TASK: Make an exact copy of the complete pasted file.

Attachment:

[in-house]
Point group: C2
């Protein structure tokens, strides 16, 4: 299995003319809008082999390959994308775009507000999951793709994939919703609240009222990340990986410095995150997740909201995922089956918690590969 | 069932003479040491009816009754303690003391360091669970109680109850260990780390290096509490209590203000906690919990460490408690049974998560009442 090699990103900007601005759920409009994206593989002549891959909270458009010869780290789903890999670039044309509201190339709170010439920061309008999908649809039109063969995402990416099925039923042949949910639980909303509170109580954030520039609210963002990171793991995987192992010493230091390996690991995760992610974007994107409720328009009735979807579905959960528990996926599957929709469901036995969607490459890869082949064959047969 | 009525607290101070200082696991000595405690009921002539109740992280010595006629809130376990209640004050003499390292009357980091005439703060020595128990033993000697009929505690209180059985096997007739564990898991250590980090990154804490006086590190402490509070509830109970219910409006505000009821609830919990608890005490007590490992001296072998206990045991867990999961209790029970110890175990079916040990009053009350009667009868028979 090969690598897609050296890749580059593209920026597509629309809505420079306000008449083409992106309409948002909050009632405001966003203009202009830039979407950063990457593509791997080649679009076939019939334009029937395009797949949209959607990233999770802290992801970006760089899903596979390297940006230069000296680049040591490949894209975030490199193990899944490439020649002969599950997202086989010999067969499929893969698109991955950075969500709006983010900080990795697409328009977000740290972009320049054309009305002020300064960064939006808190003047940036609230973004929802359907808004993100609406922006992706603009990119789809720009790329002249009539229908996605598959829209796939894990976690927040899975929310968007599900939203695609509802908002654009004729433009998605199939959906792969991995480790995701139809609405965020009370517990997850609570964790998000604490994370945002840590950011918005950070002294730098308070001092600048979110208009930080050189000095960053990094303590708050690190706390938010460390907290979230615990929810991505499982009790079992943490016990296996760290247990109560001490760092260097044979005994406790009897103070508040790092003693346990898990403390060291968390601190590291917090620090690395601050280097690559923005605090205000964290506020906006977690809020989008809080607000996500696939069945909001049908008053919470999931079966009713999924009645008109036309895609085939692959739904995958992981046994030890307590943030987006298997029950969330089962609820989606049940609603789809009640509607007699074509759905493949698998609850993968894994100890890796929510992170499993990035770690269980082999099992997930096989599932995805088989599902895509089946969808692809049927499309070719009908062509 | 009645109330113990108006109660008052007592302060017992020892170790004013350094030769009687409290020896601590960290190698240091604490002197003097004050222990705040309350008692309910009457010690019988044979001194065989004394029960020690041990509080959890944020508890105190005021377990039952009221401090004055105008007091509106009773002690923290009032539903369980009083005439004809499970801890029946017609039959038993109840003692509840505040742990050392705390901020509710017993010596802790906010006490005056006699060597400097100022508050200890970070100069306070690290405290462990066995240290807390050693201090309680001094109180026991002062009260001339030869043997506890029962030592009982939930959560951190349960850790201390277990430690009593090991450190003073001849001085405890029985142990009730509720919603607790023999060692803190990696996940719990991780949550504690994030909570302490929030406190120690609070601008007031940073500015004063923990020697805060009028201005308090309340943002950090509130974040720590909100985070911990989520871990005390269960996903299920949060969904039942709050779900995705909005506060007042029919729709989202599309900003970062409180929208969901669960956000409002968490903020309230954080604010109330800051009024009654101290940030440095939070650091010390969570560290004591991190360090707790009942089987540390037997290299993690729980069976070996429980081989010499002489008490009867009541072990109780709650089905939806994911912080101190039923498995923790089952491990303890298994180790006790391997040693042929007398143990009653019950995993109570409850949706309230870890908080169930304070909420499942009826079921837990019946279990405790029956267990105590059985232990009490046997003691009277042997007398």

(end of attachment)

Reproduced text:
[in-house]
Point group: C2
């Protein structure tokens, strides 16, 4: 299995003319809008082999390959994308775009507000999951793709994939919703609240009222990340990986410095995150997740909201995922089956918690590969 | 069932003479040491009816009754303690003391360091669970109680109850260990780390290096509490209590203000906690919990460490408690049974998560009442 090699990103900007601005759920409009994206593989002549891959909270458009010869780290789903890999670039044309509201190339709170010439920061309008999908649809039109063969995402990416099925039923042949949910639980909303509170109580954030520039609210963002990171793991995987192992010493230091390996690991995760992610974007994107409720328009009735979807579905959960528990996926599957929709469901036995969607490459890869082949064959047969 | 009525607290101070200082696991000595405690009921002539109740992280010595006629809130376990209640004050003499390292009357980091005439703060020595128990033993000697009929505690209180059985096997007739564990898991250590980090990154804490006086590190402490509070509830109970219910409006505000009821609830919990608890005490007590490992001296072998206990045991867990999961209790029970110890175990079916040990009053009350009667009868028979 090969690598897609050296890749580059593209920026597509629309809505420079306000008449083409992106309409948002909050009632405001966003203009202009830039979407950063990457593509791997080649679009076939019939334009029937395009797949949209959607990233999770802290992801970006760089899903596979390297940006230069000296680049040591490949894209975030490199193990899944490439020649002969599950997202086989010999067969499929893969698109991955950075969500709006983010900080990795697409328009977000740290972009320049054309009305002020300064960064939006808190003047940036609230973004929802359907808004993100609406922006992706603009990119789809720009790329002249009539229908996605598959829209796939894990976690927040899975929310968007599900939203695609509802908002654009004729433009998605199939959906792969991995480790995701139809609405965020009370517990997850609570964790998000604490994370945002840590950011918005950070002294730098308070001092600048979110208009930080050189000095960053990094303590708050690190706390938010460390907290979230615990929810991505499982009790079992943490016990296996760290247990109560001490760092260097044979005994406790009897103070508040790092003693346990898990403390060291968390601190590291917090620090690395601050280097690559923005605090205000964290506020906006977690809020989008809080607000996500696939069945909001049908008053919470999931079966009713999924009645008109036309895609085939692959739904995958992981046994030890307590943030987006298997029950969330089962609820989606049940609603789809009640509607007699074509759905493949698998609850993968894994100890890796929510992170499993990035770690269980082999099992997930096989599932995805088989599902895509089946969808692809049927499309070719009908062509 | 009645109330113990108006109660008052007592302060017992020892170790004013350094030769009687409290020896601590960290190698240091604490002197003097004050222990705040309350008692309910009457010690019988044979001194065989004394029960020690041990509080959890944020508890105190005021377990039952009221401090004055105008007091509106009773002690923290009032539903369980009083005439004809499970801890029946017609039959038993109840003692509840505040742990050392705390901020509710017993010596802790906010006490005056006699060597400097100022508050200890970070100069306070690290405290462990066995240290807390050693201090309680001094109180026991002062009260001339030869043997506890029962030592009982939930959560951190349960850790201390277990430690009593090991450190003073001849001085405890029985142990009730509720919603607790023999060692803190990696996940719990991780949550504690994030909570302490929030406190120690609070601008007031940073500015004063923990020697805060009028201005308090309340943002950090509130974040720590909100985070911990989520871990005390269960996903299920949060969904039942709050779900995705909005506060007042029919729709989202599309900003970062409180929208969901669960956000409002968490903020309230954080604010109330800051009024009654101290940030440095939070650091010390969570560290004591991190360090707790009942089987540390037997290299993690729980069976070996429980081989010499002489008490009867009541072990109780709650089905939806994911912080101190039923498995923790089952491990303890298994180790006790391997040693042929007398143990009653019950995993109570409850949706309230870890908080169930304070909420499942009826079921837990019946279990405790029956267990105590059985232990009490046997003691009277042997007398």